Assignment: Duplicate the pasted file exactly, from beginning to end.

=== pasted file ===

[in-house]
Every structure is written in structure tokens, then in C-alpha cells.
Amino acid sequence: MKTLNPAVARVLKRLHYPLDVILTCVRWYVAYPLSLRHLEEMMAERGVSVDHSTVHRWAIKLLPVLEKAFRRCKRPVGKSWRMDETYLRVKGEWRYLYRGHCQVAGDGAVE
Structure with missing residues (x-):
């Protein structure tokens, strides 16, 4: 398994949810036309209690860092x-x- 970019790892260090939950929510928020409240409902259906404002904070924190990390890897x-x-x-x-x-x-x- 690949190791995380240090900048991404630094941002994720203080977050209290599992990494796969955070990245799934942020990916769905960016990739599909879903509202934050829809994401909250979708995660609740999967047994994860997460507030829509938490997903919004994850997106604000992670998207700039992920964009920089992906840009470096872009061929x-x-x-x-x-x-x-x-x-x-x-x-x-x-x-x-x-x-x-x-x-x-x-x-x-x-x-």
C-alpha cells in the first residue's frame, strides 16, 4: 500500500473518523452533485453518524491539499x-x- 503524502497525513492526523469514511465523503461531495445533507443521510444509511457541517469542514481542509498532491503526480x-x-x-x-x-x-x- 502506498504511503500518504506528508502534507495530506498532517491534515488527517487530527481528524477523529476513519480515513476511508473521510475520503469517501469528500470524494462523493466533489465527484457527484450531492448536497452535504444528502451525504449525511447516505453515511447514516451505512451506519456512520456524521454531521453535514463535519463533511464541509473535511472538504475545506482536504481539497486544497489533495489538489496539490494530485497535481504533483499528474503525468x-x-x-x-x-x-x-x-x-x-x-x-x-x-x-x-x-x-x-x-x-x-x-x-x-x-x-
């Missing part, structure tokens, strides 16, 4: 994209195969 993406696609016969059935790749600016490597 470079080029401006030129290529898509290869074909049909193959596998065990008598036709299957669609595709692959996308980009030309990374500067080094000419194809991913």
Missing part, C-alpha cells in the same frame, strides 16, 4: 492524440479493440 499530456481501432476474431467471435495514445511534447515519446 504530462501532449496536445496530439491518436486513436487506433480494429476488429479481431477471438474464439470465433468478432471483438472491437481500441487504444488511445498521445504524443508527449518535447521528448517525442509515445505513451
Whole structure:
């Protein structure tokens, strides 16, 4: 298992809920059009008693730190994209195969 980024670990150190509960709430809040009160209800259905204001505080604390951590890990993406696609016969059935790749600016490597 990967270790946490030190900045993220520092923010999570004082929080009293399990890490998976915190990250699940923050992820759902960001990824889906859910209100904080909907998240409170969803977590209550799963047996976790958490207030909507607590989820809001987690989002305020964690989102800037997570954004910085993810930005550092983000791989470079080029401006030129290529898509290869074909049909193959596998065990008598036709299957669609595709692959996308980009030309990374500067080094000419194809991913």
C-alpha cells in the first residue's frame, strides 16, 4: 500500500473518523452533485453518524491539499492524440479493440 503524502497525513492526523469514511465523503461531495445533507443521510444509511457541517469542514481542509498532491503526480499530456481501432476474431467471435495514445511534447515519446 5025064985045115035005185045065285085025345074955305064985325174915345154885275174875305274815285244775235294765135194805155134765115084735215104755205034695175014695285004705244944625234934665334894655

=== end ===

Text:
[in-house]
Every structure is written in structure tokens, then in C-alpha cells.
Amino acid sequence: MKTLNPAVARVLKRLHYPLDVILTCVRWYVAYPLSLRHLEEMMAERGVSVDHSTVHRWAIKLLPVLEKAFRRCKRPVGKSWRMDETYLRVKGEWRYLYRGHCQVAGDGAVE
Structure with missing residues (x-):
């Protein structure tokens, strides 16, 4: 398994949810036309209690860092x-x- 970019790892260090939950929510928020409240409902259906404002904070924190990390890897x-x-x-x-x-x-x- 690949190791995380240090900048991404630094941002994720203080977050209290599992990494796969955070990245799934942020990916769905960016990739599909879903509202934050829809994401909250979708995660609740999967047994994860997460507030829509938490997903919004994850997106604000992670998207700039992920964009920089992906840009470096872009061929x-x-x-x-x-x-x-x-x-x-x-x-x-x-x-x-x-x-x-x-x-x-x-x-x-x-x-």
C-alpha cells in the first residue's frame, strides 16, 4: 500500500473518523452533485453518524491539499x-x- 503524502497525513492526523469514511465523503461531495445533507443521510444509511457541517469542514481542509498532491503526480x-x-x-x-x-x-x- 502506498504511503500518504506528508502534507495530506498532517491534515488527517487530527481528524477523529476513519480515513476511508473521510475520503469517501469528500470524494462523493466533489465527484457527484450531492448536497452535504444528502451525504449525511447516505453515511447514516451505512451506519456512520456524521454531521453535514463535519463533511464541509473535511472538504475545506482536504481539497486544497489533495489538489496539490494530485497535481504533483499528474503525468x-x-x-x-x-x-x-x-x-x-x-x-x-x-x-x-x-x-x-x-x-x-x-x-x-x-x-
């Missing part, structure tokens, strides 16, 4: 994209195969 993406696609016969059935790749600016490597 470079080029401006030129290529898509290869074909049909193959596998065990008598036709299957669609595709692959996308980009030309990374500067080094000419194809991913």
Missing part, C-alpha cells in the same frame, strides 16, 4: 492524440479493440 499530456481501432476474431467471435495514445511534447515519446 504530462501532449496536445496530439491518436486513436487506433480494429476488429479481431477471438474464439470465433468478432471483438472491437481500441487504444488511445498521445504524443508527449518535447521528448517525442509515445505513451
Whole structure:
């Protein structure tokens, strides 16, 4: 298992809920059009008693730190994209195969 980024670990150190509960709430809040009160209800259905204001505080604390951590890990993406696609016969059935790749600016490597 990967270790946490030190900045993220520092923010999570004082929080009293399990890490998976915190990250699940923050992820759902960001990824889906859910209100904080909907998240409170969803977590209550799963047996976790958490207030909507607590989820809001987690989002305020964690989102800037997570954004910085993810930005550092983000791989470079080029401006030129290529898509290869074909049909193959596998065990008598036709299957669609595709692959996308980009030309990374500067080094000419194809991913």
C-alpha cells in the first residue's frame, strides 16, 4: 500500500473518523452533485453518524491539499492524440479493440 503524502497525513492526523469514511465523503461531495445533507443521510444509511457541517469542514481542509498532491503526480499530456481501432476474431467471435495514445511534447515519446 5025064985045115035005185045065285085025345074955305064985325174915345154885275174875305274815285244775235294765135194805155134765115084735215104755205034695175014695285004705244944625234934665334894655